Connecticut’s Need for Software Developers

Recently, there’s been a lively conversation in our community about the importance of coding, with many people making a common point: Connecticut Needs More Software Developers.

For instance, last Thursday, at a press conference celebrating Track180, Mayor DeStefano hailed the company as a high-potential startup that chose to stay in Connecticut, but also used the occasion to stress the importance of building a community of coders.

“This is a really, really big deal,” he told the audience. “To create more economic opportunities, we must create a lively and robust community of people who are competent with these activities.”

The New Haven Independent focused on these comments in its article covering the event, “Code Red: New Haven Needs Coders,” highlighting the perceived lack of software development talent in New Haven. The article referred to companies such as Panorama that were born in Connecticut but chose to leave because of the developers and other resources that can be found in New York, Boston, and California.

Then, yesterday morning, NPR’s “Where We Live” – a show that previously featured Derek Koch, our Founder and CEO – focused on the theme of “Educating Coders in the State.”

Clearly, the members of our community see the problem and know what needs to be done.

But not everyone knows what’s already being done.

The Solution Is Here

At Independent Software, we agree that there is an urgent need to prepare our workforce for careers in software development. But we think it’s equally important for our community to know about existing, successful initiatives and how they as community members can get involved.

Last year, we launched the A100 Program, a talent accelerator that prepares students for careers in software development. A100 recruits young coders, trains them, and places them in jobs with local companies around Connecticut. In the first cohort, we matched thirteen students with jobs. One of them was Kyle Charron, who now has a full-time job as a Software Engineer at MediaCrossing, thanks to A100.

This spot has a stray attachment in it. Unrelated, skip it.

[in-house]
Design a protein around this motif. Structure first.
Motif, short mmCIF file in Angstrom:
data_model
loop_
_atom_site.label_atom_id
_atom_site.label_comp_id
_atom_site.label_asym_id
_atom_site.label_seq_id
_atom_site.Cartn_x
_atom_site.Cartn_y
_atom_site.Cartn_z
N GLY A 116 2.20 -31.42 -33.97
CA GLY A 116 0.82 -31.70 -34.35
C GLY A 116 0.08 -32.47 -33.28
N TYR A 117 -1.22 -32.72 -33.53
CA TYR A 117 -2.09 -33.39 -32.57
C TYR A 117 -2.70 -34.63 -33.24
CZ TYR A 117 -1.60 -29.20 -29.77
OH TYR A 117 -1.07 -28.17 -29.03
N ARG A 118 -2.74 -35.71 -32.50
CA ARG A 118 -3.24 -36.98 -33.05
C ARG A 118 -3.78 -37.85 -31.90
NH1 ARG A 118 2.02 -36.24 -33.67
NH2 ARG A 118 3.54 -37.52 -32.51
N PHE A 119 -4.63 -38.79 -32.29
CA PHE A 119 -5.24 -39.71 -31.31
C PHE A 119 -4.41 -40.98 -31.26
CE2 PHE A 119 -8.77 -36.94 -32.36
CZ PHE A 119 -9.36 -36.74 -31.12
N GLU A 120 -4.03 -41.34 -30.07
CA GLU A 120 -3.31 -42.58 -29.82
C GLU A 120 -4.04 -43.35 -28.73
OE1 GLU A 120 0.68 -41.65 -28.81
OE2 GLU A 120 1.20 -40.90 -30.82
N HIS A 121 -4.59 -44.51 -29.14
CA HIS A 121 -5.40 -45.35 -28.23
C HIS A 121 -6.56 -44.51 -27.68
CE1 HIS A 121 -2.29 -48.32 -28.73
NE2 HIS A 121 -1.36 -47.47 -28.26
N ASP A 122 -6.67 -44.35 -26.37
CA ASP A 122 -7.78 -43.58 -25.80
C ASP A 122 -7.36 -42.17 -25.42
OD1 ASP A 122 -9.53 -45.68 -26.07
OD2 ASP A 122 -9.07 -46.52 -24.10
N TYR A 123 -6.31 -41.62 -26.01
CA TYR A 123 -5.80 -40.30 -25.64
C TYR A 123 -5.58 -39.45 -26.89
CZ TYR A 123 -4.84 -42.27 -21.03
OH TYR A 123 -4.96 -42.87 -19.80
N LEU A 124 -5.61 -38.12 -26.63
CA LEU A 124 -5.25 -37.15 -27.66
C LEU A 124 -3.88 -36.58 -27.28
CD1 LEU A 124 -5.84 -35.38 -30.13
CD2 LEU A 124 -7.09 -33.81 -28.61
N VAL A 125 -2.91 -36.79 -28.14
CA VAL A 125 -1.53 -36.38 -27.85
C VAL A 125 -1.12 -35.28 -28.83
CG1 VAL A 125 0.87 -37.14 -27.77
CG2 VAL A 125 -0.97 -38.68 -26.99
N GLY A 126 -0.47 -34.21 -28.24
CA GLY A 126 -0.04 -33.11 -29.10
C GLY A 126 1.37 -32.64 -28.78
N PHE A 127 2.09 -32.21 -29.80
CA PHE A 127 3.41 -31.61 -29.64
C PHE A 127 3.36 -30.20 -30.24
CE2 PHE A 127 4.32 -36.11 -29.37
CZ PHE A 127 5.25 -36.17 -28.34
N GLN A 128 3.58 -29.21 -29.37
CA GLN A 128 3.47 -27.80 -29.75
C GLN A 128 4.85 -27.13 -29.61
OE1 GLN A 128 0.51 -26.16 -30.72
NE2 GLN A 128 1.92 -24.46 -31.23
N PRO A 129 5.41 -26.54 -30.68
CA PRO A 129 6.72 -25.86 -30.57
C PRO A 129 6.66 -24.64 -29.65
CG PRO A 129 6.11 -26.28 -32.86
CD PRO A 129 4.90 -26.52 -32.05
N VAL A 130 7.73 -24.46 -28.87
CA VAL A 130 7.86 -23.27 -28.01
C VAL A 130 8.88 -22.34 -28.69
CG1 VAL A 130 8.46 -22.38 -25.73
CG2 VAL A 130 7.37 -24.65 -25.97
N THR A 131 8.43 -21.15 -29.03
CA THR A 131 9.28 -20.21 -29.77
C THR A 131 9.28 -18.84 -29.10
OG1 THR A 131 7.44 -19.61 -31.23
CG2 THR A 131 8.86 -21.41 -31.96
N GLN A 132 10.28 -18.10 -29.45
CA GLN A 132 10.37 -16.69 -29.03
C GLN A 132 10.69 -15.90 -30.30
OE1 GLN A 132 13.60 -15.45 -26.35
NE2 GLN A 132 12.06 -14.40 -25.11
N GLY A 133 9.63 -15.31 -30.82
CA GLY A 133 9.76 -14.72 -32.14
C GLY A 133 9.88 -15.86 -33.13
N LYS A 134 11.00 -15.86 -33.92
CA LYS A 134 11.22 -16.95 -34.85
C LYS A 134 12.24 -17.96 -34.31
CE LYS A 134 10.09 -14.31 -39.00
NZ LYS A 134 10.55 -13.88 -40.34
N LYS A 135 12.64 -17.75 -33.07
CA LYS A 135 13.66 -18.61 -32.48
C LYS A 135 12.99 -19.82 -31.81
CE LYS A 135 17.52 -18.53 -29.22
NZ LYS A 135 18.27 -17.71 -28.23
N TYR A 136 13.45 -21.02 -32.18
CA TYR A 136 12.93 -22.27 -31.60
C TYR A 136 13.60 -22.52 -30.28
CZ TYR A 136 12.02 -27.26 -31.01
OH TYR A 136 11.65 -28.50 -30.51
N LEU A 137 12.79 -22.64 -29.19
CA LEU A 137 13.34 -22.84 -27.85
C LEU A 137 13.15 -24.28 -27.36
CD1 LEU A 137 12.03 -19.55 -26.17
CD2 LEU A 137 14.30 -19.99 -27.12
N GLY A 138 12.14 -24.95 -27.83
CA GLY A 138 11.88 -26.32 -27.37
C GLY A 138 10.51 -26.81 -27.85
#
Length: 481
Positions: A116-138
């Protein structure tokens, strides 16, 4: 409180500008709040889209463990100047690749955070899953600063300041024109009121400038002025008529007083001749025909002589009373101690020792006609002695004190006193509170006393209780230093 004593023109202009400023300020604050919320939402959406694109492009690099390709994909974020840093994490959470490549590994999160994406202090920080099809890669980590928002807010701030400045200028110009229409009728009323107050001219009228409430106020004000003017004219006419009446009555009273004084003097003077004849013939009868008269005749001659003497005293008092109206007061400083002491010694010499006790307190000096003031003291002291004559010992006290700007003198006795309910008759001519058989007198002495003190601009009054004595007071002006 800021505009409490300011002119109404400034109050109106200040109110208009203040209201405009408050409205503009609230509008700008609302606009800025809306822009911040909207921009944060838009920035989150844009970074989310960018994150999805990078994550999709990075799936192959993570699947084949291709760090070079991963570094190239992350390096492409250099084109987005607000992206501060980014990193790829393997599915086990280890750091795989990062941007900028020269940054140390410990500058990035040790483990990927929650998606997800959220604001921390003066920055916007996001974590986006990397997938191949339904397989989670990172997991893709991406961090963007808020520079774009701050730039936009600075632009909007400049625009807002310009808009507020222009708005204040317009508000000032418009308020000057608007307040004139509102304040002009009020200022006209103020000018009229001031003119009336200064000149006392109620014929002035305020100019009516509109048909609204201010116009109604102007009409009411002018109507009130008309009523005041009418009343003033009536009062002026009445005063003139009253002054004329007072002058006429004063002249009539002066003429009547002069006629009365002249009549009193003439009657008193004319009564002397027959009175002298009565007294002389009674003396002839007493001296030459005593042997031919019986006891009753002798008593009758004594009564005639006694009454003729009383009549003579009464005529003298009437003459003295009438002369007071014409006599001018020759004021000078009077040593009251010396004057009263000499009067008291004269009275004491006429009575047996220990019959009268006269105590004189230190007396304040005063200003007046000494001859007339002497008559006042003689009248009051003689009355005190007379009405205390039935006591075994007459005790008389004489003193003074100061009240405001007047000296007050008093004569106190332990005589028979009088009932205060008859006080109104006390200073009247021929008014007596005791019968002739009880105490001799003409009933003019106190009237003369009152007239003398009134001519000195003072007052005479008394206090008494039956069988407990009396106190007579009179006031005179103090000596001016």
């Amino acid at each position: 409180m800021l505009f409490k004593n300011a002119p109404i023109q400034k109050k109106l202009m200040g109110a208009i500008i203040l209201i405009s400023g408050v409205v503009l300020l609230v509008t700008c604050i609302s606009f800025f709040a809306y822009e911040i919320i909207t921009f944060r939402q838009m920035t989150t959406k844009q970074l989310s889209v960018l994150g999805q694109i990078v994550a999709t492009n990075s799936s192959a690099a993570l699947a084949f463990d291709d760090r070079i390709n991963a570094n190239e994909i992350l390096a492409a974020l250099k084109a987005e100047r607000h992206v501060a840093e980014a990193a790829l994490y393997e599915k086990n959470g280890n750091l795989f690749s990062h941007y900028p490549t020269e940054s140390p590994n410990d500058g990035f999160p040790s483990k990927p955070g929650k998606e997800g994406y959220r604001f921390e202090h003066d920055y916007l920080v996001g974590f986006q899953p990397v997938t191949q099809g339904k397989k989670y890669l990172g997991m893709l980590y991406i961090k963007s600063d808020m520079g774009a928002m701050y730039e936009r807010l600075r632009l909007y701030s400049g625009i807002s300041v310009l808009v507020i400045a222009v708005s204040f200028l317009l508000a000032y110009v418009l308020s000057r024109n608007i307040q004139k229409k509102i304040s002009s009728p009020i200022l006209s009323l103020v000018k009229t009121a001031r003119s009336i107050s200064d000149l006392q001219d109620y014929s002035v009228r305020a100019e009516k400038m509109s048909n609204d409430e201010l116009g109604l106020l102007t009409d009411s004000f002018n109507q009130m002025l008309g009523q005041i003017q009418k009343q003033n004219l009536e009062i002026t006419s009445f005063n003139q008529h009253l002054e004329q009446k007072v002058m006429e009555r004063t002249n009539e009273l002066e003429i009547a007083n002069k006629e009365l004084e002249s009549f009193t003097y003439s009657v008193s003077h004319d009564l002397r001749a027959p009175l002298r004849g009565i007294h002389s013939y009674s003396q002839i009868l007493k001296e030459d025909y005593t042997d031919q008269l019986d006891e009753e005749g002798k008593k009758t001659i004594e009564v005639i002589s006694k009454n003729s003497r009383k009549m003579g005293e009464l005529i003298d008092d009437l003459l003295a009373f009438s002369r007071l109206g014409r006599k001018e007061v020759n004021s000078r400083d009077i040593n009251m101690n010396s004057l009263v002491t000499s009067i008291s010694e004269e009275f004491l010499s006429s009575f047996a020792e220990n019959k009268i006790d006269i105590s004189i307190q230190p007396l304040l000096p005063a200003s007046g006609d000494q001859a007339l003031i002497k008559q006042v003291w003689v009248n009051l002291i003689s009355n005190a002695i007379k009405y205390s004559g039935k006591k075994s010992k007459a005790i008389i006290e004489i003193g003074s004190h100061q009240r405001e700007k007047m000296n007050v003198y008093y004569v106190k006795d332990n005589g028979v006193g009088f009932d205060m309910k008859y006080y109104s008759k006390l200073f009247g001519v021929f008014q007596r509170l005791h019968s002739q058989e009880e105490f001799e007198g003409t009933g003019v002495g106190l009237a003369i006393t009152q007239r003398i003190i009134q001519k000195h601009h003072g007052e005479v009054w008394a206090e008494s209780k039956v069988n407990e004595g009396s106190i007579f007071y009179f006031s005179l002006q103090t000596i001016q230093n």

Our goal is to place 100 software developers in jobs each year.

In other words, A100 is addressing precisely the two issues raised at last week’s press conference: the lack of a programming workforce in Connecticut and the lack of effective coding education.

And we’re not alone. Up in Vernon, Mark Lassoff’s company, LearnToProgram, provides a series of online courses designed to teach programming.

Working Together

After the conference, Drue Hontz, the founder of Track180, told The Whiteboard that while the innovation and entrepreneurial ecosystems of New Haven and Connecticut still aren’t on the level of Boston or New York, we have the potential to build a world-class hub.

“The Grid and The Grove are the future of the solution,” he said. “And the more that businesses and community can support that solution, the better.”

So it is with coding. As our community continues to solve this pressing problem, we hope it will rally around programs like A100 that have already taken huge strides.

Help Build A100 – and Connecticut

If you know talented young developers looking to improve their skills and jump-start their careers, tell them to apply for the 2013-2014 cohort – applications are now open.

And if your company is looking for software development talent – apply to be an A100 Partner Company today.


About Krishna Sampath

Krishna Sampath works at Independent Software as the Program Director for A100, which provides aspiring software developers with technical training and jobs at Connecticut-based companies. Krishna has also worked as a teacher, a lawyer, and a barista. He has sung for the Icelandic President and currently performs with the Yale Citations.


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